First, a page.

Eudora Welty is only partly informed by the kind of intelligent, satirical graciousness we associate with Jane Austen, In many of her short stories—the famous “Petrified Man” or “Why I Live at the P.O.” or “A Curtain of Green”—she reveals a sense of terror that is sharpened by humor, the kind of abrupt, comic-strip juxtaposing of pain and farce that so influenced Flannery O’Connor. And, in an amiable, chatty, domestic novel like Delta Wedding, she is not to be trusted; she shares certain preoccupations with such ungenteel writers as Faulkner and Kafka, but the terror in Miss Welty is perhaps more bitter because it is so sweetly absorbed by the constant bustle of females in their production of food and love. In Delta Wedding, a beautiful, headstrong young girl (rather like Gloria of Losing Battles) prepares for her wedding, is fussed over, bullied, and loved; another girl, a stranger, an outsider who never appears in the novel btit is simply mentioned (she is killed by a train) does not count at all. Why is one human being valued so highly, and another human being valued not at all? Why does society protect one and exclude the other, loving one and destroying the other? Eudora Welty does not answer these questions, nor does she ask them; she causes them to be asked.
There is nothing simple about her vision of life. It is many-faceted, it cannot be reduced to any helpful, minimal statement. So far as I can judge, she has no “ideas” whatsoever. She has no political or spiritual arguments. She has no social arguments. She is aware of, but does not insist upon, the injustices of the economic establishment. And what of her philosophical tone? The tone of “The Petrified Man” and that of “The Bride of the Innisfallen” are quite different; the tone of Losing Battles and that of a recent, marvelous story, “The Demonstrators” (anthologized as the winner of the 1968 O. Henry Prize), are quite different. And yet, one knows immediately that these works are by Eudora Welty.
How to assess this new novel? Well, it is not a work that will appeal to everyone. It does not seem to me as successful a novel as Delta Wedding, nor is it as warmly comic and appealing as The Ponder Heart. Its serious social and psychological concerns are muted, and so it must depend a great deal upon interludes of comedy and charm (there is, perhaps, too much made of the innocent prettiness of starched dresses and the ubiquitous baby, Lady May Renfro, and the casual give-and-take of family life). Miss Welty has taken on a difficult task, to narrow so deliberately her range of vision, to strain her talent for dialogue to its utmost, to put so much dramatic weight upon characters that are appealing, but do not emerge as especially memorable or even very eccentric. Yet the novel mystifies, it insists upon its own integrity—the absolute value of these simpleminded Renfros and their problems. We come to believe in them. They convince us of their existence.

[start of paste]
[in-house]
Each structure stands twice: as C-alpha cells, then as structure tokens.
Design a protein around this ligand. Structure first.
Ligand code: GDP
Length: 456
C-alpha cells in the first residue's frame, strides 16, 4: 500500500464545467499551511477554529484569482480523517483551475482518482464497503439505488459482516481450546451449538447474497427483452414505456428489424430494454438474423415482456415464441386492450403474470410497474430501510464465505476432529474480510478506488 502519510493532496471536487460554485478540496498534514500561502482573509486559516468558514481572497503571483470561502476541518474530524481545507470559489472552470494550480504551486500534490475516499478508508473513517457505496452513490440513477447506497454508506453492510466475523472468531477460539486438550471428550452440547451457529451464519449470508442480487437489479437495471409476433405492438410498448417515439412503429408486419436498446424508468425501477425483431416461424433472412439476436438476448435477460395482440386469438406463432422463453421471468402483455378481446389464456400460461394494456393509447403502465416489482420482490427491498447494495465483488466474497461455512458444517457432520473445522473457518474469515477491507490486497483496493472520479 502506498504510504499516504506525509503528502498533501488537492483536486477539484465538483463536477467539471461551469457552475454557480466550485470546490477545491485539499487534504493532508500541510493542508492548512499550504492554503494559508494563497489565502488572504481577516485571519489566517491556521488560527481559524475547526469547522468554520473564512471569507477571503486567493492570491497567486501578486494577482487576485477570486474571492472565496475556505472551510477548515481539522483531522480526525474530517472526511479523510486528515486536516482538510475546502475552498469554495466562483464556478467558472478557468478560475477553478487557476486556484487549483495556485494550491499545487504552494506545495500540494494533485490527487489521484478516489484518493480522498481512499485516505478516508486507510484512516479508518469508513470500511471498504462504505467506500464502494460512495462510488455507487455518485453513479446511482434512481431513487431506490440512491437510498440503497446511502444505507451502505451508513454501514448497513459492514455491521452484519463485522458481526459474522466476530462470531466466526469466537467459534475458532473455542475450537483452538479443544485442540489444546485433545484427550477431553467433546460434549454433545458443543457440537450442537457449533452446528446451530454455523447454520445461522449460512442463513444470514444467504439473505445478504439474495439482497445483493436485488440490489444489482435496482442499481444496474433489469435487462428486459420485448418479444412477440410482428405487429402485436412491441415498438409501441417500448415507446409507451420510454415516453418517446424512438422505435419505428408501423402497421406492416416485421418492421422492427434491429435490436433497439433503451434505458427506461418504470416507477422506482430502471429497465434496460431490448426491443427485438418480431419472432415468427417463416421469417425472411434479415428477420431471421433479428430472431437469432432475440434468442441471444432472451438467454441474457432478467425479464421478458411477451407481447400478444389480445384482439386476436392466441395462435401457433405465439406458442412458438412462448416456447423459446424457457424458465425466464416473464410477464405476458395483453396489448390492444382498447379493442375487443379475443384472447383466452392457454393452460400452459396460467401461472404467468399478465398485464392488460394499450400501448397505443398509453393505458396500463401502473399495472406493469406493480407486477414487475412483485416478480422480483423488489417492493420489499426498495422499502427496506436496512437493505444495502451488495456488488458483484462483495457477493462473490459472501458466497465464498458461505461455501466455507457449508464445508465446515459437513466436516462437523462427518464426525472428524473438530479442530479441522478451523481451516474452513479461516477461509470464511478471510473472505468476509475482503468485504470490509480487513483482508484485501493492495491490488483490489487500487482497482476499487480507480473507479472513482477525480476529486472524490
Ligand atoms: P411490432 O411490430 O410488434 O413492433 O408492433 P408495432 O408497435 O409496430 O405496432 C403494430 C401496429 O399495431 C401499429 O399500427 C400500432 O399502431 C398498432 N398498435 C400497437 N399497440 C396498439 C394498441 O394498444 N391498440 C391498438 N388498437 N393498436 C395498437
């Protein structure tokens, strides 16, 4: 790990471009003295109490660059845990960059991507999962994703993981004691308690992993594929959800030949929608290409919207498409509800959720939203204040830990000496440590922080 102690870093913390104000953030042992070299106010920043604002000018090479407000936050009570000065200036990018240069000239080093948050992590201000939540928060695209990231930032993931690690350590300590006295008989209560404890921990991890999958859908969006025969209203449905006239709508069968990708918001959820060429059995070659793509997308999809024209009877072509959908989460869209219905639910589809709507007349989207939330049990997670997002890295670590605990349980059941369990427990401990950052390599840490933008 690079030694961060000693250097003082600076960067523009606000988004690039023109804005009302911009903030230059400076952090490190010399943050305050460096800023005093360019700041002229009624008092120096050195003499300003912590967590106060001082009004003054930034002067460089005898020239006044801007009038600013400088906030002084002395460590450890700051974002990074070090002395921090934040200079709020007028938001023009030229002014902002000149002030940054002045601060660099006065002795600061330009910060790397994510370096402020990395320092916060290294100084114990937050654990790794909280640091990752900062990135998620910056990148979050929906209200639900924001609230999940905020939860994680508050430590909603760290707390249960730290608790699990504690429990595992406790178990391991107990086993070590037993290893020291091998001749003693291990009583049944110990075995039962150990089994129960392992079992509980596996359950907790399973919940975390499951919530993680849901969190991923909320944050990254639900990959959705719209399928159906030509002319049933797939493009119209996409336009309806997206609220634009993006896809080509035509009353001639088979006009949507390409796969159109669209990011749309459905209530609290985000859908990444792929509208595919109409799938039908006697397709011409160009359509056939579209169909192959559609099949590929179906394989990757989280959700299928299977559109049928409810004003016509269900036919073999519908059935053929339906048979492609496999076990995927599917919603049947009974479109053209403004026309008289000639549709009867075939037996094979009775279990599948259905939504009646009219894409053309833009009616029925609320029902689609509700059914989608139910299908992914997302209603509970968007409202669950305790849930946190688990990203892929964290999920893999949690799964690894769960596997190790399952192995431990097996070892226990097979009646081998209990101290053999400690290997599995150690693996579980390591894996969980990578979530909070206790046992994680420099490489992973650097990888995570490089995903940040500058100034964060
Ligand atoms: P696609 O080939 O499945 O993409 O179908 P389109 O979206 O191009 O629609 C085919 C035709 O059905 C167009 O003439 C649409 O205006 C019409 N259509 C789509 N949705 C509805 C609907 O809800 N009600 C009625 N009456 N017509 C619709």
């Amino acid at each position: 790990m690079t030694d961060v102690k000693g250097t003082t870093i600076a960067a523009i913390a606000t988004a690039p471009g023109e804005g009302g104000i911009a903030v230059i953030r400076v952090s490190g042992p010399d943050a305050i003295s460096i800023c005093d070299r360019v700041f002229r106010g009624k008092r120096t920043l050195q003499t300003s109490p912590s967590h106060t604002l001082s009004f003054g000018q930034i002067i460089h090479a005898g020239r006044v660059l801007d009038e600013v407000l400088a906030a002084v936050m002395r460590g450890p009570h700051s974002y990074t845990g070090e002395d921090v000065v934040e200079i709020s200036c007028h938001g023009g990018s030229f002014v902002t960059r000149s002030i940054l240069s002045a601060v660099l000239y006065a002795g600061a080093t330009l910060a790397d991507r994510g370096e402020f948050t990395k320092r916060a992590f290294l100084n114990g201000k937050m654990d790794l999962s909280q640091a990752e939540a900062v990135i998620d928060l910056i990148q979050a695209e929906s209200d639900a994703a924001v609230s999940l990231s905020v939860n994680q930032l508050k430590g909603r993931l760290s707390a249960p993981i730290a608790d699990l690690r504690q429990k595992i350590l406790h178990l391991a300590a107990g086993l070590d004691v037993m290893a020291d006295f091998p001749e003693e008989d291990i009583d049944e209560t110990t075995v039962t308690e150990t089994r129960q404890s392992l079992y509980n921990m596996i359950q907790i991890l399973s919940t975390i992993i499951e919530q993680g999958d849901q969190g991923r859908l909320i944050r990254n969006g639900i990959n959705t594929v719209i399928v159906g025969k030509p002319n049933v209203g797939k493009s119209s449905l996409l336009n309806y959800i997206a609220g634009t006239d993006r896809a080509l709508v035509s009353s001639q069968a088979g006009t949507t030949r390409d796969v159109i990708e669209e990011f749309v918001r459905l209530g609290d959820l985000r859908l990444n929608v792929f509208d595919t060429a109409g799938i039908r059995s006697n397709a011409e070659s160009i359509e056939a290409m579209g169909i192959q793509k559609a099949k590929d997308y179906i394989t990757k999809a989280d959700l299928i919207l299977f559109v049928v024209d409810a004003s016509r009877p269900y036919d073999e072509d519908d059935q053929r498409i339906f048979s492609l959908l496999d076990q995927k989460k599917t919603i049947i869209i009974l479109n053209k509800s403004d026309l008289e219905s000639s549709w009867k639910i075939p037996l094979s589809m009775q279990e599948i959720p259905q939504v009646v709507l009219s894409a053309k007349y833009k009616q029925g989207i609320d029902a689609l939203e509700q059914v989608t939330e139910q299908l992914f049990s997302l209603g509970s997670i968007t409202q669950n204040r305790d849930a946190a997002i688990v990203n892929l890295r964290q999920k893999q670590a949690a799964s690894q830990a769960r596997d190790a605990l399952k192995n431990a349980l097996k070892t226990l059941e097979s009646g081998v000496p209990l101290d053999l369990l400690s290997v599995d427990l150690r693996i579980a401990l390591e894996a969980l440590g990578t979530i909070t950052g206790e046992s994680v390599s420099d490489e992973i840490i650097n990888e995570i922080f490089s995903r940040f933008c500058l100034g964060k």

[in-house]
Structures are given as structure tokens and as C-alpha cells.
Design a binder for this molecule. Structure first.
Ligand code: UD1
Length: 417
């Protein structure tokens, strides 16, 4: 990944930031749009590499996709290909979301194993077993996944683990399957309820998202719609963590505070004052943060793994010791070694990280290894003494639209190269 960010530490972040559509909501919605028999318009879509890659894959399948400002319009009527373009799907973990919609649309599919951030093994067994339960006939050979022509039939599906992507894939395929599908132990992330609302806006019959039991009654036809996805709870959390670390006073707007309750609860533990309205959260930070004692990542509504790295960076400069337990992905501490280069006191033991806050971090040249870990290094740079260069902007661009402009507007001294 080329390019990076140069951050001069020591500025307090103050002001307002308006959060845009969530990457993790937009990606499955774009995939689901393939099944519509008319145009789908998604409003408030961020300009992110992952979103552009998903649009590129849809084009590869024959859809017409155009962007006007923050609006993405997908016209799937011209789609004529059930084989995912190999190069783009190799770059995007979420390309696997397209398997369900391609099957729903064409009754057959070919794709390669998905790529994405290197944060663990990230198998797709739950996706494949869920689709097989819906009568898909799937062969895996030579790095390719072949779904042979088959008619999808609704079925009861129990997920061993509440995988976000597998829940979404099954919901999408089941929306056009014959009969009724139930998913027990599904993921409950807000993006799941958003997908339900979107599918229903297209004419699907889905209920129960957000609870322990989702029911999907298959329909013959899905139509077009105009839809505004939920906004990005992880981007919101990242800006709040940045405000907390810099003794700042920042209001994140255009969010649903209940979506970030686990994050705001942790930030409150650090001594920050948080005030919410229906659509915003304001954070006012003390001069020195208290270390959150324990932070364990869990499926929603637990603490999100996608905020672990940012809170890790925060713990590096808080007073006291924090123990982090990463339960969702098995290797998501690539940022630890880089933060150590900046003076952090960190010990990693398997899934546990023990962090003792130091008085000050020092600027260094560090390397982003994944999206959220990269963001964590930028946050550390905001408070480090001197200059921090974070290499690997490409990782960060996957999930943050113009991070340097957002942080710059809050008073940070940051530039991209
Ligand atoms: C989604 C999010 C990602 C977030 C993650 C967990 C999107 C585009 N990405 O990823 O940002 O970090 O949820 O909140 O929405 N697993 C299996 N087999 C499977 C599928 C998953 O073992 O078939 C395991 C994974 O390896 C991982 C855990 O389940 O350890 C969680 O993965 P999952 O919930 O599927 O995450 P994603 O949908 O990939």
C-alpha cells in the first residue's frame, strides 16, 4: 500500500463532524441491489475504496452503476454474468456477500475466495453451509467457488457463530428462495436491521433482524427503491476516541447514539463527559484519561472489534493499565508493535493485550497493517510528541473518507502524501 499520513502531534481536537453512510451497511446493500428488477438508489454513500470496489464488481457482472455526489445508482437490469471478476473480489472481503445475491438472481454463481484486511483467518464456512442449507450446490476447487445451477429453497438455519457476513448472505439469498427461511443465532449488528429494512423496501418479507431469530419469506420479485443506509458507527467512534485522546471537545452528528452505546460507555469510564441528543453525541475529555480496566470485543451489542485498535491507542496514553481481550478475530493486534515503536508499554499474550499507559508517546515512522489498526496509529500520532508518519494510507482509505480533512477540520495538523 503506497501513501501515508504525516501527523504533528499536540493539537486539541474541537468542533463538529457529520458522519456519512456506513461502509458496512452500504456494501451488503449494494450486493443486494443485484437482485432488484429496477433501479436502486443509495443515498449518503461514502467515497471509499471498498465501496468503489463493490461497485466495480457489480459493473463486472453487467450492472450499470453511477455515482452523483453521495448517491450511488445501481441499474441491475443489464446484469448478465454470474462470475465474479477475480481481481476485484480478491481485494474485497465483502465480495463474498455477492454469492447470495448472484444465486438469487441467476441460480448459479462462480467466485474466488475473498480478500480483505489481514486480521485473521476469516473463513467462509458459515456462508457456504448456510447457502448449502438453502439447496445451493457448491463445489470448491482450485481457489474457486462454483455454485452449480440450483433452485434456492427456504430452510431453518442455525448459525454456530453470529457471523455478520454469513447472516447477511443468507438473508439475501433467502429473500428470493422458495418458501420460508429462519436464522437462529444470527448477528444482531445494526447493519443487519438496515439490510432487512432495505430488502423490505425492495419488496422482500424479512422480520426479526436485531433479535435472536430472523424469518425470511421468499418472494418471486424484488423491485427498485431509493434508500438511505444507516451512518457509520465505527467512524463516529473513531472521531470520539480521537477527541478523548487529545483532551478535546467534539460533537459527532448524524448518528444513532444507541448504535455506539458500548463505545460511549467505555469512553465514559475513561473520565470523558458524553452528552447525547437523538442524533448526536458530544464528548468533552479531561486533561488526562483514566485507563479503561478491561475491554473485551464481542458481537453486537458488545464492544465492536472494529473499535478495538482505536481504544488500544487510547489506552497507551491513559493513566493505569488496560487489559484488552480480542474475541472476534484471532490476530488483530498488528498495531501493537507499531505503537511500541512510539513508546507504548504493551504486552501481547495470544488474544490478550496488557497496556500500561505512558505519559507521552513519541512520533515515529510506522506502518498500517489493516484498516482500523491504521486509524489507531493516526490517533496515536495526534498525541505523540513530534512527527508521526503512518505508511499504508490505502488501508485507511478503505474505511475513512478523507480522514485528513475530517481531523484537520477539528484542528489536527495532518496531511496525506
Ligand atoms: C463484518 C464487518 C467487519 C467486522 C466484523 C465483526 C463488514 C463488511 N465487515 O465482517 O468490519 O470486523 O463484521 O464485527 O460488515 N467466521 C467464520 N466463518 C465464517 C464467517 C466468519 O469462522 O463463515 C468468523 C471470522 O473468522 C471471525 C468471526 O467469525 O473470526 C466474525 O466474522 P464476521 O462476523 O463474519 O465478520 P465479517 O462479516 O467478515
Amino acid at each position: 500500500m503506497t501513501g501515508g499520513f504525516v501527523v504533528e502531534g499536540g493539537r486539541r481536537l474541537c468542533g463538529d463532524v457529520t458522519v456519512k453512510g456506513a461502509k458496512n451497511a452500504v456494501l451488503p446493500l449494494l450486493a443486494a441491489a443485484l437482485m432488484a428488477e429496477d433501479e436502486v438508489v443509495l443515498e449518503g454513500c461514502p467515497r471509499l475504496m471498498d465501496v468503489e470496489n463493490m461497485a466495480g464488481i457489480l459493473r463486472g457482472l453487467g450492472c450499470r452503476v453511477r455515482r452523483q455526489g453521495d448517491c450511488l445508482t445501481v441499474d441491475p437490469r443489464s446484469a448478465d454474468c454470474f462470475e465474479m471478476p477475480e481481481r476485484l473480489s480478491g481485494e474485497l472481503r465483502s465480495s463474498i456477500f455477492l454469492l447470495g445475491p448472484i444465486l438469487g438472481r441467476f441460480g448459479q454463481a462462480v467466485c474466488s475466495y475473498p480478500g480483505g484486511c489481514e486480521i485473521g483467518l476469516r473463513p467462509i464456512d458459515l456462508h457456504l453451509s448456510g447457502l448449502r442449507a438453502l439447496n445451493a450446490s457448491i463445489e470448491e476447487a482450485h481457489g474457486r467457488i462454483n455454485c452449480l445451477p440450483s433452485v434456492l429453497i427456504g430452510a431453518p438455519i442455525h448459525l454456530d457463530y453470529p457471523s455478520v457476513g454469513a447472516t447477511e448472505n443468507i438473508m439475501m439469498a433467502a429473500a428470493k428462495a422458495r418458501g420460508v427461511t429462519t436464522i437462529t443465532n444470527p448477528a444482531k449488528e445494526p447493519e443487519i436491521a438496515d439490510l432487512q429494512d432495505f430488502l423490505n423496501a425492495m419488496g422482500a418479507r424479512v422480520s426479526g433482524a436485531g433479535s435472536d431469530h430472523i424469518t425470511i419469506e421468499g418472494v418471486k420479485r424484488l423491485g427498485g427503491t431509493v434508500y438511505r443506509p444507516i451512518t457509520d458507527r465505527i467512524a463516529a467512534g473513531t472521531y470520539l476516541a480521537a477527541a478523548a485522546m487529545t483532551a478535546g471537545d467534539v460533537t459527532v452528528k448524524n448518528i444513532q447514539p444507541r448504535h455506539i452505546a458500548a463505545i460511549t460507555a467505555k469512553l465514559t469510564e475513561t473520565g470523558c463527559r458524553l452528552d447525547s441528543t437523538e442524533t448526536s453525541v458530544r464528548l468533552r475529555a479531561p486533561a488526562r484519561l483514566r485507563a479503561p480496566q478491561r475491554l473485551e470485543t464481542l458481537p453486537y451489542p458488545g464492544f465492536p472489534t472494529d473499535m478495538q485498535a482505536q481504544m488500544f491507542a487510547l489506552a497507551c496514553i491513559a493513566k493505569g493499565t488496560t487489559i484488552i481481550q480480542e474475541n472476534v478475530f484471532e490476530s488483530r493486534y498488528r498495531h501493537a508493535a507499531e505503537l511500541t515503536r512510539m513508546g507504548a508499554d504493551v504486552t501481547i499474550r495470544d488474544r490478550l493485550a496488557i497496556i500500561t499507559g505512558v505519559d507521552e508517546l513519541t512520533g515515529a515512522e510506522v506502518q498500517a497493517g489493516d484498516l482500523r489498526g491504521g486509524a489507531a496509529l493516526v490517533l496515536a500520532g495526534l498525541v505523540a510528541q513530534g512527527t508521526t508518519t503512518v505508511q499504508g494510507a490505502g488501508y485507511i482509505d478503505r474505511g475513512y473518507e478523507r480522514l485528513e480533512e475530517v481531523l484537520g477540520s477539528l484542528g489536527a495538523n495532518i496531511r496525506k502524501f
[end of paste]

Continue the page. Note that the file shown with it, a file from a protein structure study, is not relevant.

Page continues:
What F.udora Welty has said of Jane Austen is true for her own art:
. . . the more original the work of imagination, the greater the danger of its succumbing to the violence of transportation. Insomuch as it is alive, it must remain fixed in its own time and place, whole and intact, inviolable as a diamond. It abides in its own element, and this of course is the mind. . , . Jane Austen cannot follow’ readers into any other time. . . It is not her world or her time, but her art, that is approachaide. The novels in their radiance are a destination.


Wilfrid Sheed is a novelist and critic noted for his candor and intelligent wit. His new book,

Max Jamison, will be published next month.

Louis Kronenberger writes out of personal friendships with the Knights of the Round Table at the Algonquin in an Age of Gilded Greatness.

Joyce Carol Oates is the author of several prizewinning stories and highly praised novels, the most recent being Them, winner of the National Book Award.

Edward Weeks and Phoebe Adams contribute regularly to this column.

Archibald MacLeish (page 63) has combined his gifts as a poet and playwright with a strong political and social awareness.

Leslie Norris (page 100) is an Englishman whose new book of poetry will appear this month.

Jeannette Nichols (page 105) lives and writes in New Haven.